6. Chadwick Boseman

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The actor, director, and producer is best known for his role as Marvel’s  T’challa, the star of “Black Panther.” Set in the fictional African country Wakanda, King T’challa protects his people from Erik Killmonger, his cousin who hates everything that Wakanda stands for. The film was not only well-received because of its plot but for its diversity. The film features a diverse cast that celebrates black pride. It even gives a nod to female empowerment with women warriors known as Dora Milaje. The movie was incredibly well-received and is up for the Golden Globe award for best motion picture. There is even talk of a sequel, which will most likely premiere in February 2021.


  1. Pope Francis

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Elected the 266th pope of the Roman Catholic Church, Pope Francis is one of the most influential because he has questioned traditional catholic views on homosexuality and atheism. Pope Francis has actually worked very closely with LGBTQ advocates and has chosen bishops who are vocal supporters of the community. He has encouraged parents to be more understanding of children who come out to them. 


4. Meghan, Duchess of Sussex

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American actress Meghan Markle made headlines when she married Prince Harry on May 19. In addition to her stunning wedding, she’s made news for her support of women’s rights. At the young age of 11, Markle became an advocate for women’s rights. She was watching a television commercial that said “Women all over America are fighting greasy pots and pans.” The commercial depicted women in the kitchen and Meghan believed that wasn’t morally correct. She wrote to the soap company, who changed it to “People all over America are fighting greasy pots and pans.” She is an incredible role model for young women and encourages women to stand up for themselves. 


3. Kendrick Lamar

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An American rapper, songwriter, and poet, Lamar earned four Grammys for best rap album, best rap song, best rap performance, and best rapper and singer collaboration. He also became the first rapper to win a Pulitzer Prize. His latest album, “DAMN,” earned Billboard music awards for best rap album, best rap artist, best Billboard 200 album, best streaming songs artist, best streaming song, and best rap artist.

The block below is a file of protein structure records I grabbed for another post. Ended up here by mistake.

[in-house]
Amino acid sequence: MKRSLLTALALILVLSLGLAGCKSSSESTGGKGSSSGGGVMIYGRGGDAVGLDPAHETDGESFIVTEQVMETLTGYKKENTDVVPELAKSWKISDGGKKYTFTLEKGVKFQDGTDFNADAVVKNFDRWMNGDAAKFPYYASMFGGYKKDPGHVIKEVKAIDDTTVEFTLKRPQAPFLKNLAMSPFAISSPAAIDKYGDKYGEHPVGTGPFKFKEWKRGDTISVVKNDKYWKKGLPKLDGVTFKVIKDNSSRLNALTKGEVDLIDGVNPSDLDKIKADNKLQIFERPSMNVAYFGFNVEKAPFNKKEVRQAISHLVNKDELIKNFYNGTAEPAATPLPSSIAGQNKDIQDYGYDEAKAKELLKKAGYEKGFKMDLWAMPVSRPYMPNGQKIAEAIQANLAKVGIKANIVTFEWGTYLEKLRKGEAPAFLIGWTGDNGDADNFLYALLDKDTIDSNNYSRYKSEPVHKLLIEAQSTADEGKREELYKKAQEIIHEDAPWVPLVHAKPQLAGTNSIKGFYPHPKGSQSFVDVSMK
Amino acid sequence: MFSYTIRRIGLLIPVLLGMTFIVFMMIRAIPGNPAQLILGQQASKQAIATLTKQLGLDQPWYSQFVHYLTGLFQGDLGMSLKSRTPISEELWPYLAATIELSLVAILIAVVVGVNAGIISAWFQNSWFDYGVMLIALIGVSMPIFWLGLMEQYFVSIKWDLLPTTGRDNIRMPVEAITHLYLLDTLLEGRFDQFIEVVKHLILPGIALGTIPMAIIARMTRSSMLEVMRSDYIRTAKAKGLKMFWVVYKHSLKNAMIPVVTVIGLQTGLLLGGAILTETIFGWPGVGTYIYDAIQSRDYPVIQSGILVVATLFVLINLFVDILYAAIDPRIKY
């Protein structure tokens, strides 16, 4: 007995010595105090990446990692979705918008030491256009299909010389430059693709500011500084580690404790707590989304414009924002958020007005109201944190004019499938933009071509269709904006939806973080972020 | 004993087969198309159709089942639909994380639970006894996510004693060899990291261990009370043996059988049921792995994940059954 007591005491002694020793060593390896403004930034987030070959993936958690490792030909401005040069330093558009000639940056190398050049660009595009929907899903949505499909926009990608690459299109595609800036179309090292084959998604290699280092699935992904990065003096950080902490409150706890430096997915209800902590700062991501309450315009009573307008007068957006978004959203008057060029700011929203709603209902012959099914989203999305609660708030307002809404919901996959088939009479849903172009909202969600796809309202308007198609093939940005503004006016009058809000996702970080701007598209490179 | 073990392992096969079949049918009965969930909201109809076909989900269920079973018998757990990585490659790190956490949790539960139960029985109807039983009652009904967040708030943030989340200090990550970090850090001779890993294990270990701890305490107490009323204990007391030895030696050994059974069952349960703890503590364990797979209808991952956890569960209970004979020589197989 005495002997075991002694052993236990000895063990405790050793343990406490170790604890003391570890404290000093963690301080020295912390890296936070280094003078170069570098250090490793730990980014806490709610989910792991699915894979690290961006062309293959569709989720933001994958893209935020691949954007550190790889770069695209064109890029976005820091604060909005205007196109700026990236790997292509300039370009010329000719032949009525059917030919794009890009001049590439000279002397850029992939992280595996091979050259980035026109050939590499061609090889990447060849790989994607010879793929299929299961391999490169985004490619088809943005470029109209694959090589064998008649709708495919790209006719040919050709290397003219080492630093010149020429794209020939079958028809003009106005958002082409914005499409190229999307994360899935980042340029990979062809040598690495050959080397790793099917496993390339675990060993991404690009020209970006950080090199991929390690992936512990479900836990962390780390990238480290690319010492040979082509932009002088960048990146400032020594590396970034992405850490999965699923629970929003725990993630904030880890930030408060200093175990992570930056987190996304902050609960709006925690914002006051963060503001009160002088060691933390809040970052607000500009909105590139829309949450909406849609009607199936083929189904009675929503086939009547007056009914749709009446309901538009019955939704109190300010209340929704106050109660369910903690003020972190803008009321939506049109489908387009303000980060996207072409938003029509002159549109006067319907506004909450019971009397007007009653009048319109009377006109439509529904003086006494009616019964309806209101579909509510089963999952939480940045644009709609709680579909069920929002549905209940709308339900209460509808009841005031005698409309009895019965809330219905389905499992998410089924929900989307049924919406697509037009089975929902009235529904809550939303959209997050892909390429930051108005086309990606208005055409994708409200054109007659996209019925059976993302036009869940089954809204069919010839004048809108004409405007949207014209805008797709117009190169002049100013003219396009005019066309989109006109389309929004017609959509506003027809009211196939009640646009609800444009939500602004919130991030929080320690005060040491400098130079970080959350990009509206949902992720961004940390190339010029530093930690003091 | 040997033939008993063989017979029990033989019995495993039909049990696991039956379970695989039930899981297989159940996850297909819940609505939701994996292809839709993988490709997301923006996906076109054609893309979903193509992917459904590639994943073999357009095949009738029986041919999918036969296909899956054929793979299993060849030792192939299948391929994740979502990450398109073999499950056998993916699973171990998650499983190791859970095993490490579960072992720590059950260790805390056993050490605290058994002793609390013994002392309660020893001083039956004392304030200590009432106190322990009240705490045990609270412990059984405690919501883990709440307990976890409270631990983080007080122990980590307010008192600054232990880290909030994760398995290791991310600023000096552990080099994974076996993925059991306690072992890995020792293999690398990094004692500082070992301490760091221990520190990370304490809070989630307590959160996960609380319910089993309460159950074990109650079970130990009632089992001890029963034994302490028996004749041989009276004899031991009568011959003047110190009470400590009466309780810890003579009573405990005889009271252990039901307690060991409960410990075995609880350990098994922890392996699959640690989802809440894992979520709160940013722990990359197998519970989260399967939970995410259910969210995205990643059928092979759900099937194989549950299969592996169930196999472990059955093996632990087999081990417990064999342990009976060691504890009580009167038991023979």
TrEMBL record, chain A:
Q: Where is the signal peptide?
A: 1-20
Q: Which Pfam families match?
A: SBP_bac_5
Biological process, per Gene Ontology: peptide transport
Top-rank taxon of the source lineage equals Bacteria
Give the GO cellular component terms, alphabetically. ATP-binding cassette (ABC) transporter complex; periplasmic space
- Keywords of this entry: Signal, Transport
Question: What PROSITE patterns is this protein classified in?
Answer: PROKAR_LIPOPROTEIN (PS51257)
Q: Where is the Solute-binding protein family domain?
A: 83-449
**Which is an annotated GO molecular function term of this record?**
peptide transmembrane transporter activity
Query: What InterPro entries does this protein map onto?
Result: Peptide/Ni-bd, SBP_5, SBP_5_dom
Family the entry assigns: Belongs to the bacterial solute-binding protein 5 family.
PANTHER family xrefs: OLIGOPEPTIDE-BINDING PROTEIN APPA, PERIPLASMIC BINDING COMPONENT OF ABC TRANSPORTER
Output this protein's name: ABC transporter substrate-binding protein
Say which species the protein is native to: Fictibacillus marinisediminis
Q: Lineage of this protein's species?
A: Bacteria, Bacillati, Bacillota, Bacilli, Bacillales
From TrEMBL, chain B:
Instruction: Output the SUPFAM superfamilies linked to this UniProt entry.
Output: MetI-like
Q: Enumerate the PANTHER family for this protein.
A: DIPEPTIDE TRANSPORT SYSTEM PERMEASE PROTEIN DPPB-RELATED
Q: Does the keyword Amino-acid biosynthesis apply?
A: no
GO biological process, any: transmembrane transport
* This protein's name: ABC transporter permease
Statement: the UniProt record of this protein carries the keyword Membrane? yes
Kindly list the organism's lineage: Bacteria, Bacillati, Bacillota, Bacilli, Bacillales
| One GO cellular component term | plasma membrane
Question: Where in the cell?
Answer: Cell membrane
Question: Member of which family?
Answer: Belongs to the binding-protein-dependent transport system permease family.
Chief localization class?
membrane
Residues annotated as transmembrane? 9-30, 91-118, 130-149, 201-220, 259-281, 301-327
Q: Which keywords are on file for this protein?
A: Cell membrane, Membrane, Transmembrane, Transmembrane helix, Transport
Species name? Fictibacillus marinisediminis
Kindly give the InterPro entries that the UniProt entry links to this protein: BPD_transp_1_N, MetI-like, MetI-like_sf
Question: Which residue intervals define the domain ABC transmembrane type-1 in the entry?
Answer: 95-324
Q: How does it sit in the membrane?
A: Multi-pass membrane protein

2. Michael B. Jordan

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Along with Chadwick Boseman, Jordan starred in the film “Black Panther.” He played the antagonist of the film Erik Killmonger, earning lots of his praise for his role’s nuanced take on race relations. In the movie, Wakanda had been run a certain way for generations. The Wakandans had refused to help the outside world and kept themselves hidden. Killmonger completely disagreed with this view and fought for what is morally correct for everyone. 


  1. Donald Glover

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Donald Glover, otherwise known as Childish Gambino, is the most influential person of 2018. Glover is and American actor, comedian, writer, producer, director, rapper, songwriter, and DJ.In May of 2018, he dropped a track entitled “This is America,” whose lyrics and video highlighted perception of black culture and the violence against African Americans. His TV show, “Atlanta” challenges black stereotypes. He is a very influential voice in the debate over racism in America, and his work breaks many race barriers.